you converted a vehicle to a qualified plug-in electric drive motor vehicle before January 1, 2012, and

you began using it in the year that you claim the credit.

The credit is 10% of the cost of the conversion, with a limit of $4,000.

Alternative Fuel Vehicle Refueling Property Credit

People who buy cars that run on fuel other than gasoline may be eligible for this credit. It is applicable to the property used to fuel the vehicle.

According to the IRS, refueling “property” is property (but not a building or its structural components) that is used to store or dispense alternative fuel into the fuel tank of a motor vehicle propelled by the fuel. For example, storage tanks and dispensing equipment qualify. Recharging property used to recharge an electric car also qualifies for the credit.

This particular credit is limited to 30% of the cost of the property or $1,000 (whichever is less) for all qualified property at a location. (This applies to individuals, not businesses.) If the property is for business use, then the credit is the lesser of 30% of the cost of the property or $30,000.

This tax credit is nonrefundable.

Basic Eligibility Requirements

You must have purchased the alternative fuel vehicle refueling property before January 1, 2015, as well as started using it (“placed it in service”) in the year when you claim the credit.

For an alternative fuel to qualify for this credit, 85% of the volume must consist of one or more of the following: ethanol, natural gas, compressed natural gas, liquified natural gas, liquefied petroleum gas, or hydrogen. Mixtures of biodiesel, diesel, and kerosene with 20% or more volume derived from a biodiesel fuel also qualify. Electricity also qualifies as an alternative fuel for the purposes of this credit.

In addition, the property must be predominantly inside the United States. And, if the property is not business or investment use property, it must be installed on the property used as your main home.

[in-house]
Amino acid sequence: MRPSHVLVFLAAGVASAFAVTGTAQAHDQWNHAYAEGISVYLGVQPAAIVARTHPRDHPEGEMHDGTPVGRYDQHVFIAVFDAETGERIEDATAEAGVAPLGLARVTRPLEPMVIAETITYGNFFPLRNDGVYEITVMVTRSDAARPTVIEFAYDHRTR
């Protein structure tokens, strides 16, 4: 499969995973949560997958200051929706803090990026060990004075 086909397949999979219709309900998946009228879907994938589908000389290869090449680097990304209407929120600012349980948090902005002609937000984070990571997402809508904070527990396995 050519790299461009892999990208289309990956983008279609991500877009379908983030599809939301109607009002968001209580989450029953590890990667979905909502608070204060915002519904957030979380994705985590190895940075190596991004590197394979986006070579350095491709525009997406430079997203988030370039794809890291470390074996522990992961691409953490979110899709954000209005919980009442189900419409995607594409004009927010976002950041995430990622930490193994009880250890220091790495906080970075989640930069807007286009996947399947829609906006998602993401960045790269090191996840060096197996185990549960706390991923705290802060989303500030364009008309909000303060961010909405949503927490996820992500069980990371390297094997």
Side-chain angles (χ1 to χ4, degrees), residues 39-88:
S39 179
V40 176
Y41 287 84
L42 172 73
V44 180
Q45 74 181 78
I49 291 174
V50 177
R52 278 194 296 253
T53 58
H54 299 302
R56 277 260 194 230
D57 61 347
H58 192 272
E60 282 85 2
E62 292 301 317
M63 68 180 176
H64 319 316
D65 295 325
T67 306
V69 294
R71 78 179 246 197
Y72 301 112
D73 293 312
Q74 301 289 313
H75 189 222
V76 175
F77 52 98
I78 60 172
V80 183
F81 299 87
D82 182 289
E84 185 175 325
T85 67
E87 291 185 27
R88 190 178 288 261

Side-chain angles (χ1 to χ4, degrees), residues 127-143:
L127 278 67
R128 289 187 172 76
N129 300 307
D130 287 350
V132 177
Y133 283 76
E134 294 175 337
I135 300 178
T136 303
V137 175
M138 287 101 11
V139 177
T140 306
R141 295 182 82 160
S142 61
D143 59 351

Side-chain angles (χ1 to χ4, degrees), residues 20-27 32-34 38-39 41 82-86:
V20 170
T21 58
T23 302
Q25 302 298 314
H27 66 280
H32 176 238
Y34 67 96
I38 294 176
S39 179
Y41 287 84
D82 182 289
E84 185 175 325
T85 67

Qualified Fuel Cell Motor Vehicle Credit (Alternative Motor Vehicle Credit)

People who bought a fuel cell motor vehicle may be eligible for this credit.

In most cases, you can rely on the manufacturer’s (or domestic distributor, in the case of a foreign manufacturer) certification to the IRS that a particular make, model, and model year vehicle qualifies for the credit (and the amount of the credit) unless the IRS publishes an announcement that the certification for that specific make, model, and model year has been withdrawn.

Usually, the credit amount will be 100% of the manufacturer's (or domestic distributor's) certification to the IRS of the maximum credit allowable.

This tax credit expired for vehicles purchased after 2014. (For example, this means that if you purchased a qualifying vehicle prior to 2015, but placed it in service during 2015, you might still be eligible to claim the credit for 2015.)

This tax credit is nonrefundable.

Basic Eligibility Requirements

To be eligible, all of the following must apply.

You must own the vehicle.

You started using the vehicle (placed it in service) in the tax year.

The use of the vehicle originally began with you.

You got the vehicle to use or to lease to others (not for resale).

The vehicle is used primarily in the U.S.

To qualify for this credit, the vehicle must:

have at least four wheels, and be propelled by power derived from one or more cells that convert chemical energy directly into electricity by combining oxygen with hydrogen fuel (and meet certain additional requirements).

These aren't the only tax credits available to you. In fact, many states also offer tax credits. Check your state’s official webpage to find out about available tax credits where you live.

Where to Get Additional Information About Federal Tax Credits

The rules about claiming federal tax credits, eligibility requirements, and income limits, among other things, are complicated. Before you claim any federal tax credit, carefully review all eligibility requirements for that credit.

Go to the IRS website to find the latest information about federal tax credits and learn more about whether you’re eligible to claim any particular credits.